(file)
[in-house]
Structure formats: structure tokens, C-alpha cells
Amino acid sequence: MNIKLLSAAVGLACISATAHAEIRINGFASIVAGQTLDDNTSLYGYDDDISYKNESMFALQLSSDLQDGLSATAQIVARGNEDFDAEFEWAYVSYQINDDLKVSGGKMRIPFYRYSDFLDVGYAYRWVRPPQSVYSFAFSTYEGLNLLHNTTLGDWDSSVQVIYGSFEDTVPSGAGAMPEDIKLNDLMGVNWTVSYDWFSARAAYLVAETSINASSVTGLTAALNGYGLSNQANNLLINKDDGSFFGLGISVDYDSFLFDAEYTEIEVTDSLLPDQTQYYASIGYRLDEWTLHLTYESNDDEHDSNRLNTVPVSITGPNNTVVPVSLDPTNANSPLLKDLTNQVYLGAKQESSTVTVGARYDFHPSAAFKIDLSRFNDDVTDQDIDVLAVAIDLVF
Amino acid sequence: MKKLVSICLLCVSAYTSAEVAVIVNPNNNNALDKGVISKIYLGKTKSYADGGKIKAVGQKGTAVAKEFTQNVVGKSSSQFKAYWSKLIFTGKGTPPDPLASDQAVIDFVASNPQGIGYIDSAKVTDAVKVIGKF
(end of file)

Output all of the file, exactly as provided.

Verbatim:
[in-house]
Structure formats: structure tokens, C-alpha cells
Amino acid sequence: MNIKLLSAAVGLACISATAHAEIRINGFASIVAGQTLDDNTSLYGYDDDISYKNESMFALQLSSDLQDGLSATAQIVARGNEDFDAEFEWAYVSYQINDDLKVSGGKMRIPFYRYSDFLDVGYAYRWVRPPQSVYSFAFSTYEGLNLLHNTTLGDWDSSVQVIYGSFEDTVPSGAGAMPEDIKLNDLMGVNWTVSYDWFSARAAYLVAETSINASSVTGLTAALNGYGLSNQANNLLINKDDGSFFGLGISVDYDSFLFDAEYTEIEVTDSLLPDQTQYYASIGYRLDEWTLHLTYESNDDEHDSNRLNTVPVSITGPNNTVVPVSLDPTNANSPLLKDLTNQVYLGAKQESSTVTVGARYDFHPSAAFKIDLSRFNDDVTDQDIDVLAVAIDLVF
Amino acid sequence: MKKLVSICLLCVSAYTSAEVAVIVNPNNNNALDKGVISKIYLGKTKSYADGGKIKAVGQKGTAVAKEFTQNVVGKSSSQFKAYWSKLIFTGKGTPPDPLASDQAVIDFVASNPQGIGYIDSAKVTDAVKVIGKF